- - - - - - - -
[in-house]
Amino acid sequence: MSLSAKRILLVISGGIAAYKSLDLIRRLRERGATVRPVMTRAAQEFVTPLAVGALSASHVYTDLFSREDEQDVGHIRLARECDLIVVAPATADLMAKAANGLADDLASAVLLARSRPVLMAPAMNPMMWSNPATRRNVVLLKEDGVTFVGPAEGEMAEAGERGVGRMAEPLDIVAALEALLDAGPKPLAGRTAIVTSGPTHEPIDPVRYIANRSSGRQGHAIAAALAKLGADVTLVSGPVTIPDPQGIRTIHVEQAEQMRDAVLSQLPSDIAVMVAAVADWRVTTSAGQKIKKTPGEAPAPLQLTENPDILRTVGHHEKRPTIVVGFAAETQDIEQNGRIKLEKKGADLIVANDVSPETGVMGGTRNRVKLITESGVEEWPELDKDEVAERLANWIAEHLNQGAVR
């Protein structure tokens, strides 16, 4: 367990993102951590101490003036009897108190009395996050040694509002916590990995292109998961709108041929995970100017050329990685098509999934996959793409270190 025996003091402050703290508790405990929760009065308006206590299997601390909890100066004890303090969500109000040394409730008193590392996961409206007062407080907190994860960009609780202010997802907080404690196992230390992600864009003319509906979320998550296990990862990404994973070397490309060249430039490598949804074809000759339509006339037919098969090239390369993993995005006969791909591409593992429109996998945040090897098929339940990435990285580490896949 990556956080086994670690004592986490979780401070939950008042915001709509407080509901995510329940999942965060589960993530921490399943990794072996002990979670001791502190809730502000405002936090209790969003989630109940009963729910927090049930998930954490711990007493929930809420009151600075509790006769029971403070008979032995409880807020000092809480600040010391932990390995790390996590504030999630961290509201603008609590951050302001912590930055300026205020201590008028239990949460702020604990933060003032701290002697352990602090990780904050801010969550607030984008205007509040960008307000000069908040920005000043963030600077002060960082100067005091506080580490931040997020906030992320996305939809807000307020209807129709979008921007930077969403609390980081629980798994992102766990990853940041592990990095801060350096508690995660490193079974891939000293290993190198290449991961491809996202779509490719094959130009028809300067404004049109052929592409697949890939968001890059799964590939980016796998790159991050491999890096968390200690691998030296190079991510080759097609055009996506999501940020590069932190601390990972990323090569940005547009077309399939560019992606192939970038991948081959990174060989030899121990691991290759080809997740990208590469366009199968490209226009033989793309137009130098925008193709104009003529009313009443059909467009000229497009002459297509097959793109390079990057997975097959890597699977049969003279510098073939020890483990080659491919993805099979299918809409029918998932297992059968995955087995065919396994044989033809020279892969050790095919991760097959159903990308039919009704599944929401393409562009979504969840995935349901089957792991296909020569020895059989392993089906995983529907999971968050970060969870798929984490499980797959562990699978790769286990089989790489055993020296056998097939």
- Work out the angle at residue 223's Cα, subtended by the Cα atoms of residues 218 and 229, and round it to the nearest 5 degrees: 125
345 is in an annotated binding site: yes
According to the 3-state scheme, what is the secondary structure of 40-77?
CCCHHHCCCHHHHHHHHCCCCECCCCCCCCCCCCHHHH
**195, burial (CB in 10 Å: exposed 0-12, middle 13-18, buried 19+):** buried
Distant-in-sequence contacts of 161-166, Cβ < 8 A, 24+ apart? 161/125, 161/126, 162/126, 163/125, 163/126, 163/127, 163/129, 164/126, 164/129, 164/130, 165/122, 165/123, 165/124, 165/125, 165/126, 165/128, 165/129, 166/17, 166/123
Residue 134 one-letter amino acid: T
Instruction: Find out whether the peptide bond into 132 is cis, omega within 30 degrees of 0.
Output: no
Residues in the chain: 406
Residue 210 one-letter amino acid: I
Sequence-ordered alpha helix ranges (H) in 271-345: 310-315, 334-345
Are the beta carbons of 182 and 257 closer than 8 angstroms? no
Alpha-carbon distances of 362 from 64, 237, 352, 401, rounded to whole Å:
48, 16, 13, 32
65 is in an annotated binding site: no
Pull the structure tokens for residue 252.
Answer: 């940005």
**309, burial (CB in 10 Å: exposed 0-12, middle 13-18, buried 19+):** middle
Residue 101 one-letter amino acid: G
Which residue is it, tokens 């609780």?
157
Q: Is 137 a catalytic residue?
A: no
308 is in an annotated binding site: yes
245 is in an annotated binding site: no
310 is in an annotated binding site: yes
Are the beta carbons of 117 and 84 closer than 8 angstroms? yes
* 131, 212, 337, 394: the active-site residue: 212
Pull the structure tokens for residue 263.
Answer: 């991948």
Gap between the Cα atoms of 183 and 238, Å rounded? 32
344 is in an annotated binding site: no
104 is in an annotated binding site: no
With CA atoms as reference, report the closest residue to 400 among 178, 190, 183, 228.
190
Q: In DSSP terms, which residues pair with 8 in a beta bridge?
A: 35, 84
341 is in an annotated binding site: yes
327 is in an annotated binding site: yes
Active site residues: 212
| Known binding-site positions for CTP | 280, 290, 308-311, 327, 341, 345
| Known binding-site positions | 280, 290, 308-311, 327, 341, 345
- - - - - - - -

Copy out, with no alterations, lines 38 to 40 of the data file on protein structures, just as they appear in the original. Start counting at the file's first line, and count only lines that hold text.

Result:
With CA atoms as reference, report the closest residue to 400 among 178, 190, 183, 228.
190
Q: In DSSP terms, which residues pair with 8 in a beta bridge?